ok, that’s enough for this year! have a happy new year!

    • Frank Swift December 31, 2013 at 1:02 PM #

      Ava,

      To break it down generally but simply: apostates speak love without truth, legalists speak truth without love.

      Pharisees have the common traits of being full of self-righteousness, elitist in nature and lacking empathy. (I thank you Lord that I am such an awesome adherer to the law and that I am not like this despicable sinner here, harumph, harumph!) They may technically understand and obey most of the law, but they ignore probably the most important elements of it: (Woe unto you, scribes and Pharisees, hypocrites! for ye tithe mint and anise and cummin, and have left undone the weightier matters of the law, justice, and mercy, and faith). Elsewhere we find God saying that He desires mercy, not sacrifice.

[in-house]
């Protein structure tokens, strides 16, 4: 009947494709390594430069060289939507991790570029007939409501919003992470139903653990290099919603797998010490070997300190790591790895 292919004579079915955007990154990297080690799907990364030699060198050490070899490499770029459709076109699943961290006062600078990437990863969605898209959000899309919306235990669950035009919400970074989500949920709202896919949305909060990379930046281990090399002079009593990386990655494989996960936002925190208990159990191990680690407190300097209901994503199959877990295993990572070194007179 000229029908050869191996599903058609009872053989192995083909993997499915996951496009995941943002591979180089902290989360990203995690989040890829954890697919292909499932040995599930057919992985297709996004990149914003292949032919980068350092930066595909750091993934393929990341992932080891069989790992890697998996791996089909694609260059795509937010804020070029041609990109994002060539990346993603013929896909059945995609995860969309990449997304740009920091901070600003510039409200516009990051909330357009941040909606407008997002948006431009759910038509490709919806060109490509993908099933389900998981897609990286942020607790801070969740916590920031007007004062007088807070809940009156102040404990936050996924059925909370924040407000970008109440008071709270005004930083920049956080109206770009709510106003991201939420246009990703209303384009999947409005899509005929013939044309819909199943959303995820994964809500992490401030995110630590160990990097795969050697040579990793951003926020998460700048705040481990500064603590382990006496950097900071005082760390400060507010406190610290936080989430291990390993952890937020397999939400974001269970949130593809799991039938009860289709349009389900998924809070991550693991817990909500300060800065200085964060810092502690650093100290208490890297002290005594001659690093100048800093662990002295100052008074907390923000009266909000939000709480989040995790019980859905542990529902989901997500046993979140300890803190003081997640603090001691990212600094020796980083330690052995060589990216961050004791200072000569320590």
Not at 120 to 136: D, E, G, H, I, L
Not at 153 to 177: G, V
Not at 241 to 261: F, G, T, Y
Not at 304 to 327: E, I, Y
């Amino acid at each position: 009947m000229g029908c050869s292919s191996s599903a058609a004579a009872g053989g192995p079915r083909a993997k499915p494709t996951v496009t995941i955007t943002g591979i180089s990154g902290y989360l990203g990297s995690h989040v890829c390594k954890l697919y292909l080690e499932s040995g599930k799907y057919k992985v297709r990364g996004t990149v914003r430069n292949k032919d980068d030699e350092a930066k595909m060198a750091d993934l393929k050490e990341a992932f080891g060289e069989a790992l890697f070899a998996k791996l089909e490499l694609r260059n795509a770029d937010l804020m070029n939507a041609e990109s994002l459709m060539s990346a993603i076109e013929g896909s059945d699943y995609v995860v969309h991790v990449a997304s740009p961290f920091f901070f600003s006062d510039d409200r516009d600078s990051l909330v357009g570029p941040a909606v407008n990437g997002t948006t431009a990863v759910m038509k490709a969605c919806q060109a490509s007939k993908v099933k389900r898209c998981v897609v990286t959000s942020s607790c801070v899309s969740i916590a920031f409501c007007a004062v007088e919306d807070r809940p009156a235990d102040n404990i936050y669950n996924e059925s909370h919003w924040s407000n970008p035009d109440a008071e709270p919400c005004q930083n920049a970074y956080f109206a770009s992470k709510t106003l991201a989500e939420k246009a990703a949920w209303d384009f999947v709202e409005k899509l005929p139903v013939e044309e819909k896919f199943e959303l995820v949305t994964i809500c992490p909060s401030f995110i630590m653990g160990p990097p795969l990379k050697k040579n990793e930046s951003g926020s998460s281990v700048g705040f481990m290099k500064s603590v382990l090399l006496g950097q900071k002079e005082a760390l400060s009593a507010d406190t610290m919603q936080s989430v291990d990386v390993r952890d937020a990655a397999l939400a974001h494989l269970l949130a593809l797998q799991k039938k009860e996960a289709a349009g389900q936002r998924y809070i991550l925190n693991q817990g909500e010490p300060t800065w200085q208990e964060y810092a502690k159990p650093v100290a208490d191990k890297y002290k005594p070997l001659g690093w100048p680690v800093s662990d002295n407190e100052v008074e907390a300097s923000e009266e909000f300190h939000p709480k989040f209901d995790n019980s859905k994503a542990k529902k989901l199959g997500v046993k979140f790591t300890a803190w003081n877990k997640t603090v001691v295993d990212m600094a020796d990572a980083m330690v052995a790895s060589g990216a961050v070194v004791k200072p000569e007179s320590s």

So while I find legalists to be be more consistent in their beliefs, they lack the love, empathy and mercy that God considers the weightier matters of the law, whereas on the opposite side of the spectrum those who profess to love excuse sin and ignore the law altogether in the name of tolerance. They’re examples of how Christians tend to go off on extreme tangents as a result of cherry picking the parts of Scripture that suit them and disregarding the rest.

    • Frank Swift December 31, 2013 at 1:05 PM #